Tuesday, June 21, 2011

Legion Lost HC

Writers: Dan Abnett & Andy Lanning
Artist: Olivier Coipel & Pascal Alixe
Company: DC Comics

My history with the Legion of Superheroes is a bit odd.  I love the concept: Gifted teens from different worlds banding together to create a peace keeping force.  It's a bit of Green Lantern mixed with Star Trek.  That said, my first experience of TLOSH as a kid was the "Five Years Later" story arc from Keith Giffen.  As one might imagine, that's a pretty tough nut to crack, especially for a kid.  Years later though a friend re-introduced me to The Legion, where DnA had a run of 33 issues.  It instantly grabbed me in a way that few books do.  It was a mixture of fun, sci-fi, classic DC, and just great action.  Still, I had always heard such great things about their Legion Lost storyline, not to mention their "Legion of the Damned"
story, which DC reprinted in their DC Comics Presents line a few weeks ago.  "The Legion of the Damned" story was harrowing and just as good as people said that it was.  Because of that primer, to say that I was excited to finally get my hands on this story would be an understatement to the thousandth degree.

This hardcover collection does not disappoint.  Dan Abnett and Andy Lanning are a force to be reckoned with on the writing frontier.  They know what makes a true comic book tick.  They knew it then and they still know it today.  Keeping that level of creativity and clarity for a writing career is impressive.

As for the particulars of the story, Legion Lost focuses on a group of Legionnaires who are pulled through a rift in space and end up lost in another galaxy, far far from home.  That group consists of: Apparition, Brainiac 5, Chameleon, Kid Quantum, Live Wire, Monstress, Shikari, Ultra Boy, Umbra, and Wildfire.  That's a fairly diverse and large group of characters to keep track of, especially if you don't know them from Adam or have never read a Legion title before.  Don't sweat though, as DnA do a great job of introducing you to these characters.  One of the best ways that they do that is with each issue, the events that are happening are told through one of those character's eyes.  With thought captions, you get to hear what's knocking around in their head and really what makes them tick on a much greater level than some characters these days.  It's a great tool that allows the reader to really connect with the story.  Now, that's not the only way of course, as they also flesh these guys out through actions too.

Truthfully, Legion Lost is a much more cerebral and story focused tale than I expected it to be.  There is action and great sci-fi elements at work of course, as we see this small band of men and women run across species that are foreign to even them, the Kwai and the Progeny, and battle giant aliens living in hard light pyramids.  That said, much of the twelve issues collected in this hardcover focus on the rigors of being separated from the norm, the life that these characters had grown used to, and how you cope and stay sane.  It reminded me a lot of the recent Battlestar Galactica series in many ways, though Legion Lost has the whole superhero element going for it, which makes it a little less dire.  One of the greatest story elements for me was that Legionnaires do not, under any circumstance, kill.  They really hit home with that and make the rule a focus of several stories.  DnA want to distinguish that these characters, no matter what kind of horrible situation that they find themselves in, are in fact superheroes.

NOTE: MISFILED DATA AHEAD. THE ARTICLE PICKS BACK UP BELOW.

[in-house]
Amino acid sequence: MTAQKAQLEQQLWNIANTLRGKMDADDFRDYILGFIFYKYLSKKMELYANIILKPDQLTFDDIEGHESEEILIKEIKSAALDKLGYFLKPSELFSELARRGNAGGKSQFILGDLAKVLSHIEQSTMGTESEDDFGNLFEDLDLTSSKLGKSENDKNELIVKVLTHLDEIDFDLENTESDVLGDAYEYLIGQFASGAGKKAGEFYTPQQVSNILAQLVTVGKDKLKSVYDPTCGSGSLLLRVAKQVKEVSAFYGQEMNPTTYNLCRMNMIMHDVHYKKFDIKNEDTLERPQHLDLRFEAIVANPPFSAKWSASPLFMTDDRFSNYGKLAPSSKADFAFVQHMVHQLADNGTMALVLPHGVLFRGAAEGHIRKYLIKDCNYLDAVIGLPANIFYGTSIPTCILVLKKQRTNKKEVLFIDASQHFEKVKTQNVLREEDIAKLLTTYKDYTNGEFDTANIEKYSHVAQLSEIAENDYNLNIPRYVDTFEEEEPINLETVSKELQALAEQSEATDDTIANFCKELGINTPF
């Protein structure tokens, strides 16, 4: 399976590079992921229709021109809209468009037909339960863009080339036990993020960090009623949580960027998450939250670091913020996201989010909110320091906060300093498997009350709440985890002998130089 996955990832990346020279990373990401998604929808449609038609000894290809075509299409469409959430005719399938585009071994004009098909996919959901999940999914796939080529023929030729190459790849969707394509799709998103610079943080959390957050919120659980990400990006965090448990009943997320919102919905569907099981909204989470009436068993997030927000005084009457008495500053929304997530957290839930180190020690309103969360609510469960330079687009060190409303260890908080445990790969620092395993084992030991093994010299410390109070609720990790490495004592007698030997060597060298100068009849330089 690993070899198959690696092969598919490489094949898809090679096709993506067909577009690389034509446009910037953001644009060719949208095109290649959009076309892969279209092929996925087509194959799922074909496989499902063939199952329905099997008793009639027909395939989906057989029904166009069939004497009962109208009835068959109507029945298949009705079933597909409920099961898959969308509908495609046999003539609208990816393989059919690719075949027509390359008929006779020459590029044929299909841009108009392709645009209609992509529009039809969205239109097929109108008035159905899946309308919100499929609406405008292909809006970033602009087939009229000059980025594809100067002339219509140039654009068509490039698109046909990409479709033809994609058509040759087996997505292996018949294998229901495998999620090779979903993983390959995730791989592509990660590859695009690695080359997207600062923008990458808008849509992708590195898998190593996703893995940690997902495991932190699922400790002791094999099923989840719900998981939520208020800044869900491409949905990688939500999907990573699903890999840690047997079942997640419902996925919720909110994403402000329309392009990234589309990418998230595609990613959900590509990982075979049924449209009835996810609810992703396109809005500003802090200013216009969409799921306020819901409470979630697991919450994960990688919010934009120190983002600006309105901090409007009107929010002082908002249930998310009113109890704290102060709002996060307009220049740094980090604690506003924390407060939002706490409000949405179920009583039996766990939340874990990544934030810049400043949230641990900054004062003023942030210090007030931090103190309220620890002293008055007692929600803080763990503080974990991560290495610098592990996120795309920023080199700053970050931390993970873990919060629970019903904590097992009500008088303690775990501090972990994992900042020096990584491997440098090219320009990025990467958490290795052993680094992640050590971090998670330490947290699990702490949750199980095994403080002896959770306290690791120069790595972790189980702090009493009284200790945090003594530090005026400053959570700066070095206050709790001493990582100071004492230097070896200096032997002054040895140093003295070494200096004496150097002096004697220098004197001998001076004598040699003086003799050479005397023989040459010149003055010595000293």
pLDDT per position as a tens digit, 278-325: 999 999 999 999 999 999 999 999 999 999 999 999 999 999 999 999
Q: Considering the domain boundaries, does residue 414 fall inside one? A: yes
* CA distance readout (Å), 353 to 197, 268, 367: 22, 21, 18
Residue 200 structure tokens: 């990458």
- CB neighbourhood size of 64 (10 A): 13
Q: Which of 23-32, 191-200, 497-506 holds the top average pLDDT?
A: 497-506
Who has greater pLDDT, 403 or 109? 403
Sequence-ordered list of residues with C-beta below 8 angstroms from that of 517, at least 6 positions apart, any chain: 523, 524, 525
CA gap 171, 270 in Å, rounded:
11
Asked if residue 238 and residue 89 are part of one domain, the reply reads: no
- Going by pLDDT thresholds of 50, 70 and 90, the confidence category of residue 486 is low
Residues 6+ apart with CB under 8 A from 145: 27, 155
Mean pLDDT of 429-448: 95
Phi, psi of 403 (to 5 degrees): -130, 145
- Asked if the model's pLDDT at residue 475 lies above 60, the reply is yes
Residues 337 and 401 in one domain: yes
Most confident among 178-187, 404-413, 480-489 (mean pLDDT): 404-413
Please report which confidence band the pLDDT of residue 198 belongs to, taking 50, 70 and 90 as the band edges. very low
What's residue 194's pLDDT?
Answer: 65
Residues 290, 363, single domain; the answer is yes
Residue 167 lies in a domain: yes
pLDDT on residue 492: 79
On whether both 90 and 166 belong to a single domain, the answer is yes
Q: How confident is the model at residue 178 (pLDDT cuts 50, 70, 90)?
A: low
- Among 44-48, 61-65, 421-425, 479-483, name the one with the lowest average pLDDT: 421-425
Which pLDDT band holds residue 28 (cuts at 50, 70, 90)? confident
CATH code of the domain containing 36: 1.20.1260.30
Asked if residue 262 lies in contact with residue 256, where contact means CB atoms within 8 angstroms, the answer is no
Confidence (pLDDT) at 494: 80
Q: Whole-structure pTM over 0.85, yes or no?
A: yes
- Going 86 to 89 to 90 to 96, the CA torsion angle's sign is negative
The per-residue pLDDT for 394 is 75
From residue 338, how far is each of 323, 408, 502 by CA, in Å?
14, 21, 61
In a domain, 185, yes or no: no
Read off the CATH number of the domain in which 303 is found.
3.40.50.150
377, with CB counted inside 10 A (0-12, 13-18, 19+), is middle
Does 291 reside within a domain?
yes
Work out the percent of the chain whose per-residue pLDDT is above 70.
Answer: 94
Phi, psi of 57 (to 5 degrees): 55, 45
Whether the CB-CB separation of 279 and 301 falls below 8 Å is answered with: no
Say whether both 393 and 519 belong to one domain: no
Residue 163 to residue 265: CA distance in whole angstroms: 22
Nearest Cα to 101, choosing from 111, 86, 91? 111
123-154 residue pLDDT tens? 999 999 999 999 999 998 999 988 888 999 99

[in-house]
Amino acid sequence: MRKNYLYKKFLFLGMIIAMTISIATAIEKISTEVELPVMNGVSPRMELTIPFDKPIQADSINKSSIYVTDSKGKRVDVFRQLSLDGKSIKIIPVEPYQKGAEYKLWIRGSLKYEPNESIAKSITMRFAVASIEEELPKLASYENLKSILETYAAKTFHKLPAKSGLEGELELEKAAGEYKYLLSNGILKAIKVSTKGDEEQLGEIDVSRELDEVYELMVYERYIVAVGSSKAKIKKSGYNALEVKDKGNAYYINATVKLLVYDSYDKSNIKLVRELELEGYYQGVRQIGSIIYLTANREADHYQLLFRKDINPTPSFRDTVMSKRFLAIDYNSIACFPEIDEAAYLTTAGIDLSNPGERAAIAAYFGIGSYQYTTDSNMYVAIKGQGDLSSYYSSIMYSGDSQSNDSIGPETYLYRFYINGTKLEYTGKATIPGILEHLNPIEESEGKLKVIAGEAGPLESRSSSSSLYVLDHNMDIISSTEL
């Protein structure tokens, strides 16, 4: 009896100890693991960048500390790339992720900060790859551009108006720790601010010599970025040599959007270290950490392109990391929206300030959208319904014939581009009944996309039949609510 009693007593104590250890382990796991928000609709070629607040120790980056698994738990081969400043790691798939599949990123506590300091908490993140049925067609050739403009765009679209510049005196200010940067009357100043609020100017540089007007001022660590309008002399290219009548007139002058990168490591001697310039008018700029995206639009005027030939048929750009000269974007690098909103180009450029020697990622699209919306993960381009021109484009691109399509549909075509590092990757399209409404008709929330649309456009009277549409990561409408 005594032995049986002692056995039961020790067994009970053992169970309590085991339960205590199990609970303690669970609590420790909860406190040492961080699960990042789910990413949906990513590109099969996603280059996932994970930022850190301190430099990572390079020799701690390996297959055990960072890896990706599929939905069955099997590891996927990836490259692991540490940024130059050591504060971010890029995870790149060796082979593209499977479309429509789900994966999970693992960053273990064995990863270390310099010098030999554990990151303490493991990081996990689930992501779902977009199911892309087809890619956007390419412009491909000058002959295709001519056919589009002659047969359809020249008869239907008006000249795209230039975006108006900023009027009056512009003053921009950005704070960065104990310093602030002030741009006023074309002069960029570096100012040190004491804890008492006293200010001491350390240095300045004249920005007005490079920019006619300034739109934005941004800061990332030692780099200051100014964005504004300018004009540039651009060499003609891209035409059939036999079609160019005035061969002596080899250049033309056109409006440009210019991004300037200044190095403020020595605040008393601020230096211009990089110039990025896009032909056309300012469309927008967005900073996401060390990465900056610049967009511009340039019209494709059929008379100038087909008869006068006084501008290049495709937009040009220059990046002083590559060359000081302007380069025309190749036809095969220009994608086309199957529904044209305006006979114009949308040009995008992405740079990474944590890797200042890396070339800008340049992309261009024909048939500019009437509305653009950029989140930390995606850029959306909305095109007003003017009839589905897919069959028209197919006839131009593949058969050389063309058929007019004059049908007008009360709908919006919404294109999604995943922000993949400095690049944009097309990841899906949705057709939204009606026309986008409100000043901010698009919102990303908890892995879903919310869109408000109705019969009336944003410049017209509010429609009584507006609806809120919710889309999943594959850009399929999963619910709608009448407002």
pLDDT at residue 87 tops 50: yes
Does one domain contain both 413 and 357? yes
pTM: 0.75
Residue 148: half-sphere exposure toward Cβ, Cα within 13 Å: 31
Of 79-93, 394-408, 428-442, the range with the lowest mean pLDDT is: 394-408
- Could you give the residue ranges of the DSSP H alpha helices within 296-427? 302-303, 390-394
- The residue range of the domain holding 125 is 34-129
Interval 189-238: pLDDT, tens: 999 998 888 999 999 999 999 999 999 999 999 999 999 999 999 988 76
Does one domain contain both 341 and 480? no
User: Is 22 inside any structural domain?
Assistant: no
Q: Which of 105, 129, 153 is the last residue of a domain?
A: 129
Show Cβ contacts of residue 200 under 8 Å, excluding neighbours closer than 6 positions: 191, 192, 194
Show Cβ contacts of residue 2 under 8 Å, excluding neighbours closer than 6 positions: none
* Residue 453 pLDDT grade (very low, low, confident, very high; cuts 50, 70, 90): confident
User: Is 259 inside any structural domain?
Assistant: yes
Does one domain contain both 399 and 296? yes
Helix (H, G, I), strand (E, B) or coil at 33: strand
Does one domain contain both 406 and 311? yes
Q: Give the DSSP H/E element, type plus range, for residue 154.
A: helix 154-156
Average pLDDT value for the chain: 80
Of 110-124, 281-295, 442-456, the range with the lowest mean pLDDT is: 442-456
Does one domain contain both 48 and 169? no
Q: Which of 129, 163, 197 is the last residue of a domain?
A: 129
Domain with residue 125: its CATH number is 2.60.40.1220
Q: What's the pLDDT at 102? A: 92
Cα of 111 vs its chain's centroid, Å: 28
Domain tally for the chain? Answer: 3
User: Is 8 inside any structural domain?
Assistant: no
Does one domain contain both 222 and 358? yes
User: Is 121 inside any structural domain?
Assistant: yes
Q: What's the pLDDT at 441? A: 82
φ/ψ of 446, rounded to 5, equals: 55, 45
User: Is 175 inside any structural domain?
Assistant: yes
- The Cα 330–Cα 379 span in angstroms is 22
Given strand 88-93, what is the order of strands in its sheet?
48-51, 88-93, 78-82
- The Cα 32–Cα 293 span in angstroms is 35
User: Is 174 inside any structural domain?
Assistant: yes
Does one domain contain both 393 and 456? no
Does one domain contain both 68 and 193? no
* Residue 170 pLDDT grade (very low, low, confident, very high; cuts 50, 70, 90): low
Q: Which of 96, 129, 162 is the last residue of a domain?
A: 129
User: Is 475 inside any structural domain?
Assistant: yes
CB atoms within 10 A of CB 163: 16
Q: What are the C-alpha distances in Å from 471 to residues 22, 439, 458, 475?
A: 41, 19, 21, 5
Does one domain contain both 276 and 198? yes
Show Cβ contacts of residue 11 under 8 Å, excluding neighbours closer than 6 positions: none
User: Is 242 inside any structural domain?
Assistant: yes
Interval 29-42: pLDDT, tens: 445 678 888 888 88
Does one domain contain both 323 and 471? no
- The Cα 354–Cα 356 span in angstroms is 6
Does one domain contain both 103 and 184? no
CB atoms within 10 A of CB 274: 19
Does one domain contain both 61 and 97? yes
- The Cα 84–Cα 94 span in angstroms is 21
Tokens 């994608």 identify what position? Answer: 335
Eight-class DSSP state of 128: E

Handling the art for the book are Olivier Coipel and Pascal Alixe, with Andy Lanning providing inks.  Coipel pencils the brunt of the issues (8 of the 12) and with one glance you can tell that this is early on in his career.  His pencils are rough, or scratchy, and nowhere near as clean as his work on Thor is.  Still, that really works in favor of the story.  The roughness translates to the harshness of the environments that these characters are traversing and the hardships that they are having to endure.  Coipel also really captures these characters and makes them both look cool and exude emotion.  You can feel the tenseness and the pressures boiling as the story unfolds, which is extremely important and awesome.  Alixe is also a fantastic artist.  His ability to make scenes that are essentially two or three characters talking in a single room interesting, is sprocking cool.  His style isn't as scratchy though and feels in line with current day artist Timothy Green III.  I will say that while each artist certainly has their own style, you never felt jarred by the change up when it occurred.  It felt natural.

Overall, I finally understand why people always touted this as a great story.  The action, character studies, drama, and super-heroics that are found here rival what we have on the shelves today.  I for one hope that DC decides to put out a collection of the Legion Worlds mini that directly followed this series and maybe, just maybe, a collection of The Legion that DnA launched.  That would make me a happy camper indeed.

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